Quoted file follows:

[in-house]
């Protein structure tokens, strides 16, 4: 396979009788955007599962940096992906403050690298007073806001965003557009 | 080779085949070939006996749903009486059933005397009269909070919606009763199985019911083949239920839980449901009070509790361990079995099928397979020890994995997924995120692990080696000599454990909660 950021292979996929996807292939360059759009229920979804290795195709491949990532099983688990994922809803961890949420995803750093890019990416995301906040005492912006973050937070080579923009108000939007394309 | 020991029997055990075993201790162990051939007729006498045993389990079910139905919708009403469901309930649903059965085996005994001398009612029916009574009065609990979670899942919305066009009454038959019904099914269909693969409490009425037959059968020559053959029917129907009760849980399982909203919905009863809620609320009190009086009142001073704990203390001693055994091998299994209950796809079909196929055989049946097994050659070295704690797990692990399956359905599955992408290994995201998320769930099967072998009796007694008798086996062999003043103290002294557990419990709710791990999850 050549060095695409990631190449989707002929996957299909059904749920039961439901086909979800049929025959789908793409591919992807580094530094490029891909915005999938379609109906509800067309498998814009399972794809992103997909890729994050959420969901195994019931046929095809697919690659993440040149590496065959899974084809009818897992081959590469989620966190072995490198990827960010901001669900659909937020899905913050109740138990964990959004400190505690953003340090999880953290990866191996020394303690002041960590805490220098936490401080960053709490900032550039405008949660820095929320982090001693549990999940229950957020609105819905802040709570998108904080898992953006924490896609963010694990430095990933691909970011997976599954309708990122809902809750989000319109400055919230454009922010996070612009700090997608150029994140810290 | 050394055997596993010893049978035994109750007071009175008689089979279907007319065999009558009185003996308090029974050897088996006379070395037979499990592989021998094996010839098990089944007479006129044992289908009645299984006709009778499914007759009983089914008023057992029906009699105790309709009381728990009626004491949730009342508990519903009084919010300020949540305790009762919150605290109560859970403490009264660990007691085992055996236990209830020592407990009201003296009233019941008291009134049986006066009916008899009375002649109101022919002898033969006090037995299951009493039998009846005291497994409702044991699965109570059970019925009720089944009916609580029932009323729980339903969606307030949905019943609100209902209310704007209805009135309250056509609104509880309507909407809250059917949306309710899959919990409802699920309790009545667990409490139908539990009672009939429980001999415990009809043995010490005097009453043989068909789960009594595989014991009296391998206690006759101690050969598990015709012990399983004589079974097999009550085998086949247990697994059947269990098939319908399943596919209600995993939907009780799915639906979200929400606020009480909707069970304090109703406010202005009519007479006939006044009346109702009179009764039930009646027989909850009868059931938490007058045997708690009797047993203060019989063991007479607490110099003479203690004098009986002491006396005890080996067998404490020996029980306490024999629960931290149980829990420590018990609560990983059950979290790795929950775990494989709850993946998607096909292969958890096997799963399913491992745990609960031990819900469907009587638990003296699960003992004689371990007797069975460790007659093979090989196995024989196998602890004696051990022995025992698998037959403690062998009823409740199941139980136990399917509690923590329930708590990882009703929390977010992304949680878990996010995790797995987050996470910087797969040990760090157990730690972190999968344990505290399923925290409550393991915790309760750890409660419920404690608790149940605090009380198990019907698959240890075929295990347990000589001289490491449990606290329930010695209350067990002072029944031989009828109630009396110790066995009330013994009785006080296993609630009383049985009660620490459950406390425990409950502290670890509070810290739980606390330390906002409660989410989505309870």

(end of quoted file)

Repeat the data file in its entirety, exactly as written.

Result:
[in-house]
């Protein structure tokens, strides 16, 4: 396979009788955007599962940096992906403050690298007073806001965003557009 | 080779085949070939006996749903009486059933005397009269909070919606009763199985019911083949239920839980449901009070509790361990079995099928397979020890994995997924995120692990080696000599454990909660 950021292979996929996807292939360059759009229920979804290795195709491949990532099983688990994922809803961890949420995803750093890019990416995301906040005492912006973050937070080579923009108000939007394309 | 020991029997055990075993201790162990051939007729006498045993389990079910139905919708009403469901309930649903059965085996005994001398009612029916009574009065609990979670899942919305066009009454038959019904099914269909693969409490009425037959059968020559053959029917129907009760849980399982909203919905009863809620609320009190009086009142001073704990203390001693055994091998299994209950796809079909196929055989049946097994050659070295704690797990692990399956359905599955992408290994995201998320769930099967072998009796007694008798086996062999003043103290002294557990419990709710791990999850 050549060095695409990631190449989707002929996957299909059904749920039961439901086909979800049929025959789908793409591919992807580094530094490029891909915005999938379609109906509800067309498998814009399972794809992103997909890729994050959420969901195994019931046929095809697919690659993440040149590496065959899974084809009818897992081959590469989620966190072995490198990827960010901001669900659909937020899905913050109740138990964990959004400190505690953003340090999880953290990866191996020394303690002041960590805490220098936490401080960053709490900032550039405008949660820095929320982090001693549990999940229950957020609105819905802040709570998108904080898992953006924490896609963010694990430095990933691909970011997976599954309708990122809902809750989000319109400055919230454009922010996070612009700090997608150029994140810290 | 050394055997596993010893049978035994109750007071009175008689089979279907007319065999009558009185003996308090029974050897088996006379070395037979499990592989021998094996010839098990089944007479006129044992289908009645299984006709009778499914007759009983089914008023057992029906009699105790309709009381728990009626004491949730009342508990519903009084919010300020949540305790009762919150605290109560859970403490009264660990007691085992055996236990209830020592407990009201003296009233019941008291009134049986006066009916008899009375002649109101022919002898033969006090037995299951009493039998009846005291497994409702044991699965109570059970019925009720089944009916609580029932009323729980339903969606307030949905019943609100209902209310704007209805009135309250056509609104509880309507909407809250059917949306309710899959919990409802699920309790009545667990409490139908539990009672009939429980001999415990009809043995010490005097009453043989068909789960009594595989014991009296391998206690006759101690050969598990015709012990399983004589079974097999009550085998086949247990697994059947269990098939319908399943596919209600995993939907009780799915639906979200929400606020009480909707069970304090109703406010202005009519007479006939006044009346109702009179009764039930009646027989909850009868059931938490007058045997708690009797047993203060019989063991007479607490110099003479203690004098009986002491006396005890080996067998404490020996029980306490024999629960931290149980829990420590018990609560990983059950979290790795929950775990494989709850993946998607096909292969958890096997799963399913491992745990609960031990819900469907009587638990003296699960003992004689371990007797069975460790007659093979090989196995024989196998602890004696051990022995025992698998037959403690062998009823409740199941139980136990399917509690923590329930708590990882009703929390977010992304949680878990996010995790797995987050996470910087797969040990760090157990730690972190999968344990505290399923925290409550393991915790309760750890409660419920404690608790149940605090009380198990019907698959240890075929295990347990000589001289490491449990606290329930010695209350067990002072029944031989009828109630009396110790066995009330013994009785006080296993609630009383049985009660620490459950406390425990409950502290670890509070810290739980606390330390906002409660989410989505309870």